Cover image for Franklin D. Roosevelt : a rendezvous with destiny
Franklin D. Roosevelt : a rendezvous with destiny
Freidel, Frank, 1916-1993.
Personal Author:
Publication Information:
Boston : Little Brown, 1990.
Physical Description:
viii, 710 pages ; 24 cm
Format :


Call Number
Material Type
Home Location
Item Holds
E807 .F75 1990 Adult Non-Fiction Non-Fiction Area
E807 .F75 1990 Adult Non-Fiction Central Closed Stacks-Non circulating
E807 .F75 1990 Adult Non-Fiction Central Closed Stacks
E807 .F75 1990 Adult Non-Fiction Biography

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A biography of one of the most important world leaders of the 20th century, emphasizing Roosevelt's political and war-time achievements. Drawing upon extensive sources and recent scholarship, it examines the development of the complex inner man and the dynamic public figure.

Reviews 3

Booklist Review

On the basis of his four-volume biography Franklin D. Roosevelt, published between 1952 and 1973, Freidel has come to be regarded as the FDR scholar. This single-volume treatment of the thirty-second president is not a condensation of the previous presentations, for the multivolume biography, despite its length, covered only Roosevelt's life up to 1933. This treatment is cradle-to-grave, the reader moving comfortably through the early chapters about Roosevelt's upbringing and political apprenticeship to the meat of Freidel's appraisal: extensive chapters on the New Deal and World War II. While narrating with consummate skill the events in which Roosevelt participated, the author is equally concerned about the interior man: not only the motives behind momentous decisions of state but also the tenor of his personal relationships (first and foremost, that with his wife, Eleanor). Though Freidel has devoted much of his career to FDR historiography, this is by no means a tired recitation of material leached of all nutrients; it is, rather, a vigorous rethinking. Notes, bibliography; to be indexed. --Brad Hooper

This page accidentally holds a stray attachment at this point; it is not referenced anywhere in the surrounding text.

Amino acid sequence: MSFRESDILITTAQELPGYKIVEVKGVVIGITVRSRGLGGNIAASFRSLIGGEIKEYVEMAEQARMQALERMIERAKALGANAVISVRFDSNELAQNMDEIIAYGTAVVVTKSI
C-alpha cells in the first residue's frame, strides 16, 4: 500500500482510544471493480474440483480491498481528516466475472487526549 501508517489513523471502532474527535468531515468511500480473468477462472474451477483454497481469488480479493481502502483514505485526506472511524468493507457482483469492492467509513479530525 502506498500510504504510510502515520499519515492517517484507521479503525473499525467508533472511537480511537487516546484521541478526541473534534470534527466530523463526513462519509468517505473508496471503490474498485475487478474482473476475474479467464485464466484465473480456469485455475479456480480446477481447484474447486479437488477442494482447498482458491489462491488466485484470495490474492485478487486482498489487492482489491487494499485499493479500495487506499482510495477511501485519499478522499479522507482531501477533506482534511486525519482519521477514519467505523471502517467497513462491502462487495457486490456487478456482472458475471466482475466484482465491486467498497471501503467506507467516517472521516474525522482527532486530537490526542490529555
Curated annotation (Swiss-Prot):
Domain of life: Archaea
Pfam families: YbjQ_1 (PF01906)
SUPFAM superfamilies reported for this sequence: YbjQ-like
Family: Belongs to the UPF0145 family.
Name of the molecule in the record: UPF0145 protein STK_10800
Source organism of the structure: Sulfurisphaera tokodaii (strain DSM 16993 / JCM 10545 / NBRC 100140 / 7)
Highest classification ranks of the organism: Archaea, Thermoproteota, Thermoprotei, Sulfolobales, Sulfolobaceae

Publisher's Weekly Review

In this masterful biography by the author of the four-volume Franklin D. Roosevelt , the many facets of FDR--son, student, husband, father, state senator, political appointee, polio victim, politician, governor, chief executive, commander-in-chief, world statesman--are revealed in turn, comprising a full accounting of the man and his works. One of the most loved and most hated figures in U.S. history, Roosevelt has been viewed by opponents as shallow, incompetent and dictatorial. While revisionist historians have lately attempted to support that stance, Freidel amasses evidence that renders it untenable. His FDR is a man of vision, sound judgment and decisiveness who rescued the nation's economy from imminent collapse and defended democracy not only in the U.S. but throughout the world. This is as fine a one-volume biography of the 32nd president as we are likely to get. Photos. History Book Club alternate. (Mar.) (c) Copyright PWxyz, LLC. All rights reserved

Library Journal Review

One volume has been too small a vessel for most FDR biographers. Five multivolume projects are on the shelves, while only three recent works of significance measure Roosevelt's entire life in a single book. The latest is Freidel's, whose Franklin D. Roosevelt (1952-73), even in four volumes, doesn't go past 1933. The graceful narrative of that magnum opus is absent in the author's new work, which is not so much a true biography as a distillation of the mass of Roosevelt scholarship. Freidel's new life concentrates on Roosevelt's presidency, with public events the consistent focus, and the private man left mainly alone. What results is the most authoritative of the one-volume works; but Nathan Miller's FDR ( LJ 1/1/83) will often be the best choice for nonacademic readers, and Ted Morgan's FDR ( LJ 11/1/85) is also available. For all college and many public libraries.-- Robert F. Nardini, N. Chichester, N.H. (c) Copyright 2010. Library Journals LLC, a wholly owned subsidiary of Media Source, Inc. No redistribution permitted.